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Diagnostic performance of S100B protein serum measurement in detecting intracranial injury in children with mild head trauma
  1. Sergio Manzano1,
  2. Iris Bachmann Holzinger2,
  3. Christian J Kellenberger3,
  4. Laurence Lacroix1,
  5. Dagmar Klima-Lange4,
  6. Martin Hersberger5,
  7. Giorgio La Scala6,
  8. Stefan Altermatt7,
  9. Georg Staubli2
  1. 1Pediatric Emergency Department, Geneva University Hospital, Geneva, Switzerland
  2. 2Pediatric Emergency Department, University Children's Hospital, Zurich, Switzerland
  3. 3Department of Diagnostic Imaging, University Children's Hospital, Zürich, Switzerland
  4. 4Department of Pediatric Surgery, Ostschweizer Children's Hospital, St. Gallen, Switzerland
  5. 5Division of Clinical Chemistry and Biochemistry, University Children's Hospital, Zurich, Switzerland
  6. 6Pediatric Surgery Department, Geneva University Hospital, Geneva, Switzerland
  7. 7Pediatric Surgery Department, University Children's Hospital, Zurich, Switzerland
  1. Correspondence to Dr Sergio Manzano, Pediatric Emergency Department, Geneva University Hospital, 6, rue Willy-Donze, Geneva 1211, Switzerland; sergio.manzano{at}hcuge.ch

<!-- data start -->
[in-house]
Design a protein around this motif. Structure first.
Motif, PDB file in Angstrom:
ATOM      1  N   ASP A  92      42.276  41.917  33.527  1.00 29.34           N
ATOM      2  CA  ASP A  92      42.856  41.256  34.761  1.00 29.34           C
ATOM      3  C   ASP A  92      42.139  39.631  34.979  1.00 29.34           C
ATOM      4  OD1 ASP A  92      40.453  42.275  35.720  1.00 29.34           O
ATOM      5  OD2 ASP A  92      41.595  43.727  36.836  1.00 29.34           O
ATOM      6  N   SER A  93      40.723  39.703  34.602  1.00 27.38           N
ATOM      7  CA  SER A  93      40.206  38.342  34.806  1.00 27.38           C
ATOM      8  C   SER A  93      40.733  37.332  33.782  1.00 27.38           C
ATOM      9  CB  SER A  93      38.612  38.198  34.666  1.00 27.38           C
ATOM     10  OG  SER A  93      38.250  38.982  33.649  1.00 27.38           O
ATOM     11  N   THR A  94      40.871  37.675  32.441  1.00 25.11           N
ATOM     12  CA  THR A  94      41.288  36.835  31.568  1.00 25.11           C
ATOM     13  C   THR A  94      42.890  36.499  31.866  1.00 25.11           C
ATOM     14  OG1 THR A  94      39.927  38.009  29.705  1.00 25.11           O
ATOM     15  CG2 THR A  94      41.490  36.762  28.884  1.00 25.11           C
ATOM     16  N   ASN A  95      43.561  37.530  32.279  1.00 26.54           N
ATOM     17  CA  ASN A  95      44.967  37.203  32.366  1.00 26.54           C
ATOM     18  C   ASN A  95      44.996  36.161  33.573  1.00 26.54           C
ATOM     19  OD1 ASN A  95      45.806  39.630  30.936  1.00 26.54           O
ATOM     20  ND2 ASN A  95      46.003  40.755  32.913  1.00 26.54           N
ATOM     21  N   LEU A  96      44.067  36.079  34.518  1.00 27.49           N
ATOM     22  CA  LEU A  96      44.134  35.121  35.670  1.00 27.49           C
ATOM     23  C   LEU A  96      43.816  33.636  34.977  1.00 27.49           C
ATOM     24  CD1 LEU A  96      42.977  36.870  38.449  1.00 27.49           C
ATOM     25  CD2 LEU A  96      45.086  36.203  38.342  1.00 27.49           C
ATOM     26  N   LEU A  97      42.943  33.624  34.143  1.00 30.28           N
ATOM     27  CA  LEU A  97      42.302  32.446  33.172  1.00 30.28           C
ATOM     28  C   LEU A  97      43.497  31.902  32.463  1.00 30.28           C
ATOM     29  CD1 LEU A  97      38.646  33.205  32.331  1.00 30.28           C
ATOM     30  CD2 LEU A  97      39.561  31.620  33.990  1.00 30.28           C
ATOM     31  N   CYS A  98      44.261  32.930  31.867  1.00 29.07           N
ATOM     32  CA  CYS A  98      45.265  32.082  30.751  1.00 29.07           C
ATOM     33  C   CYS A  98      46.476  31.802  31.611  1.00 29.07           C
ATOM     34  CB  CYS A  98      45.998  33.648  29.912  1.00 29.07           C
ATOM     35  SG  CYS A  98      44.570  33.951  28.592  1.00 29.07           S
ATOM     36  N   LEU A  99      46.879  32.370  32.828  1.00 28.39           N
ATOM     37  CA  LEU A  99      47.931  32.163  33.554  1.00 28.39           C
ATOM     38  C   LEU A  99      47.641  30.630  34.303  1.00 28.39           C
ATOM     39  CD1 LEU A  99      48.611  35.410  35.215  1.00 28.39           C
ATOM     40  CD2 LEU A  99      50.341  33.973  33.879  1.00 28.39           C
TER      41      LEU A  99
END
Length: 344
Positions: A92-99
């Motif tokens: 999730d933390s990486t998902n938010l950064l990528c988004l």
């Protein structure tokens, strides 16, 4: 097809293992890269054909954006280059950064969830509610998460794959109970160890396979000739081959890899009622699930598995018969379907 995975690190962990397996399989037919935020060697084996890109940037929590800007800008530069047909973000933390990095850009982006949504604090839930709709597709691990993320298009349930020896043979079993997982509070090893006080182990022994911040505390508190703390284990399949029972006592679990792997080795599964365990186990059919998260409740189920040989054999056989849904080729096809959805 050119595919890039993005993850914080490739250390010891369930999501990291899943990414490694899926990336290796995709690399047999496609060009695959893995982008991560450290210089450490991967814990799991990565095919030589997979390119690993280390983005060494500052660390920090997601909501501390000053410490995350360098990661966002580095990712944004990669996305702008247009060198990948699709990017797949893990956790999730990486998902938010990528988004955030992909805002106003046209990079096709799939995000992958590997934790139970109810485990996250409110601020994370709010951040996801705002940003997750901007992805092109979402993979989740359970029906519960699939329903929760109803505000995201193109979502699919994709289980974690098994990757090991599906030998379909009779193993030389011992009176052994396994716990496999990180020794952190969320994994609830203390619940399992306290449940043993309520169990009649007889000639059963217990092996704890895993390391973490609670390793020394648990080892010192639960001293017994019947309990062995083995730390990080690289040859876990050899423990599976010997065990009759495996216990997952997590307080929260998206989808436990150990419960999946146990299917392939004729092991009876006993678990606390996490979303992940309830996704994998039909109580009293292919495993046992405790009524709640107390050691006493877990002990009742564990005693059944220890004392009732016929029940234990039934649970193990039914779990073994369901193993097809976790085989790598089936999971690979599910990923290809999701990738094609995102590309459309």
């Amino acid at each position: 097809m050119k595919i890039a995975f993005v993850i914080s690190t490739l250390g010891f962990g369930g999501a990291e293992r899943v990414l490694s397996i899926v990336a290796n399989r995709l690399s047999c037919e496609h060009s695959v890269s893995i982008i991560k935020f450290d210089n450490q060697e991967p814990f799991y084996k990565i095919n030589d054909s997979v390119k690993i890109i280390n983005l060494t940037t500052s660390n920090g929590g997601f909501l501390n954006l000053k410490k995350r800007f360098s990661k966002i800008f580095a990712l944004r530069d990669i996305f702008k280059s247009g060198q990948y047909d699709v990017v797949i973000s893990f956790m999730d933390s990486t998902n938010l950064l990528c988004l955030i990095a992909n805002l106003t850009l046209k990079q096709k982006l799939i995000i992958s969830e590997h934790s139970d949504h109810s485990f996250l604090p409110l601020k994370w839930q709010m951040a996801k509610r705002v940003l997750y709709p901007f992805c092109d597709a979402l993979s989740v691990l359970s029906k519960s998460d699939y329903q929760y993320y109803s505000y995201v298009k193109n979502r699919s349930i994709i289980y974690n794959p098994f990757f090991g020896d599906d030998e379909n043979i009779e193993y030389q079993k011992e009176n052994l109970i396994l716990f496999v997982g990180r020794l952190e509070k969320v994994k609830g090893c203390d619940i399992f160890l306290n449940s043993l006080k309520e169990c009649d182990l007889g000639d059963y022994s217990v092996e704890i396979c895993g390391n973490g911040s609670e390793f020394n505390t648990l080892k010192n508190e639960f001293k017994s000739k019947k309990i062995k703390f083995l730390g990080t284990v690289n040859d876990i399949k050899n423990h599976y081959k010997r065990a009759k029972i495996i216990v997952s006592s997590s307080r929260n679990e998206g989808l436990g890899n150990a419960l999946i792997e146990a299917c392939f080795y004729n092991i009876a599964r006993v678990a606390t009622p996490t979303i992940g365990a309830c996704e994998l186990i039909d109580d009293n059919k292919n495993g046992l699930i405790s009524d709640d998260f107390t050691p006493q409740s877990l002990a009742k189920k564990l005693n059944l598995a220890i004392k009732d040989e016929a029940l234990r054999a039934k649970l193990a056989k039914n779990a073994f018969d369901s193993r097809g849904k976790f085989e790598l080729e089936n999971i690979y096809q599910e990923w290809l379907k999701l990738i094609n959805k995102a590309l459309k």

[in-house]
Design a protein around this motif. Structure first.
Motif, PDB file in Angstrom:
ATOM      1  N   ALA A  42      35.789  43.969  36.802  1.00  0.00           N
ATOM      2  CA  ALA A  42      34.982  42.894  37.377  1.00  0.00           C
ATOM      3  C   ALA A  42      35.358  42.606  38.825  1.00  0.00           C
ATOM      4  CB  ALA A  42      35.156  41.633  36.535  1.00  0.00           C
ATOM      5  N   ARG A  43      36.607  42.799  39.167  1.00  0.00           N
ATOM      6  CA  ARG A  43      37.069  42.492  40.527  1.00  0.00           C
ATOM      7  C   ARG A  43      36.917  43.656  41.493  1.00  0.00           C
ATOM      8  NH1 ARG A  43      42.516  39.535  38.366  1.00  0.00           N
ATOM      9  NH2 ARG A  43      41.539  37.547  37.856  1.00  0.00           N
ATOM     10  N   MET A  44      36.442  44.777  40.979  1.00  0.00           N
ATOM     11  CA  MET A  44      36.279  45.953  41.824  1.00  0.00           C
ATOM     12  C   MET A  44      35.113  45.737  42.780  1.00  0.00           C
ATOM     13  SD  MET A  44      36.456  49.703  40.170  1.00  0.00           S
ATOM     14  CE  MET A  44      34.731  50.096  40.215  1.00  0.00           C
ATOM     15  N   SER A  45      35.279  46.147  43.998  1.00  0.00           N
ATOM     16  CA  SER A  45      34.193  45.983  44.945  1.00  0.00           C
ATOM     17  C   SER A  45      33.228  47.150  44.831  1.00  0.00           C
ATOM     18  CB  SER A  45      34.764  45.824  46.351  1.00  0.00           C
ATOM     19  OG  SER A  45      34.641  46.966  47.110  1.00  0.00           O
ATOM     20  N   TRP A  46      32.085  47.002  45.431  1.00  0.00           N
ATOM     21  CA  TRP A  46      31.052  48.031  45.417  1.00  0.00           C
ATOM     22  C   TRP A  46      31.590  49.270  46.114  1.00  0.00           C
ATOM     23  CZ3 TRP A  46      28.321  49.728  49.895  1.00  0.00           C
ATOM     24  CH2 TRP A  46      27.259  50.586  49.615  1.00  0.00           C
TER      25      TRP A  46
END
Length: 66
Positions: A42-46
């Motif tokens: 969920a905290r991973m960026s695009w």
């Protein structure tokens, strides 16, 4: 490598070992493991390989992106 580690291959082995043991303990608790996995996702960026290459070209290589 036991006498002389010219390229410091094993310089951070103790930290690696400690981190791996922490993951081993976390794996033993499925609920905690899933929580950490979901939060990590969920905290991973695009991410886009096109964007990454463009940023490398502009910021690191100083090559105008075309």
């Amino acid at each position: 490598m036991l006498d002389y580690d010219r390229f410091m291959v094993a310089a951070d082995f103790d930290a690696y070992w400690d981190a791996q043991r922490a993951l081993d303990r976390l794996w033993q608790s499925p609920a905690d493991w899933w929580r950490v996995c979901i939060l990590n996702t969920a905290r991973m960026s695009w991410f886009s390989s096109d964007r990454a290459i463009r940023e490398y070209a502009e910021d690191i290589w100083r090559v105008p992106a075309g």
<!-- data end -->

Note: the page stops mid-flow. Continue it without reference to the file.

Abstract

Objective To assess the accuracy of S100B serum level to detect intracranial injury in children with mild traumatic brain injury.

Methods A multicenter prospective cohort study was carried out in the paediatric emergency departments of three tertiary hospitals in Switzerland between January 2009 and December 2011. Participants included children aged <16 years with a mild traumatic brain injury (GCS ≥13) for whom a head CT was requested by the attending physician. Venous blood was obtained within 6 h of the trauma in all children for S100B measurement before a head CT was performed. As the S100B value was not available during the acute care period, the patient's management was not altered. The main measures were protein S100B value and the CT result.

Results 20/73 (27.4%) included children had an intracranial injury detected on CT. S100B receiver operating characteristics area under the curve was 0.73 (95% CI 0.60 to 0.86). With a 0.14 µg/L cut-off point, S100B reached an excellent sensitivity of 95% (95% CI 77% to 100%) and 100% (95% CI 81% to 100%) in all children and in children aged >2 years, respectively. The specificity, however, was 34% (95% CI 27% to 36%) and 37% (95% CI 30% to 37%), respectively.

Conclusions S100B has an excellent sensitivity but poor specificity. It is therefore an accurate tool to help rule out an intracranial injury but cannot be used as the sole marker owing to its specificity. Used with clinical decision rules, S100B may help to reduce the number of unnecessary CT scans.

  • paediatric emergency med
  • Trauma, head
  • diagnosis

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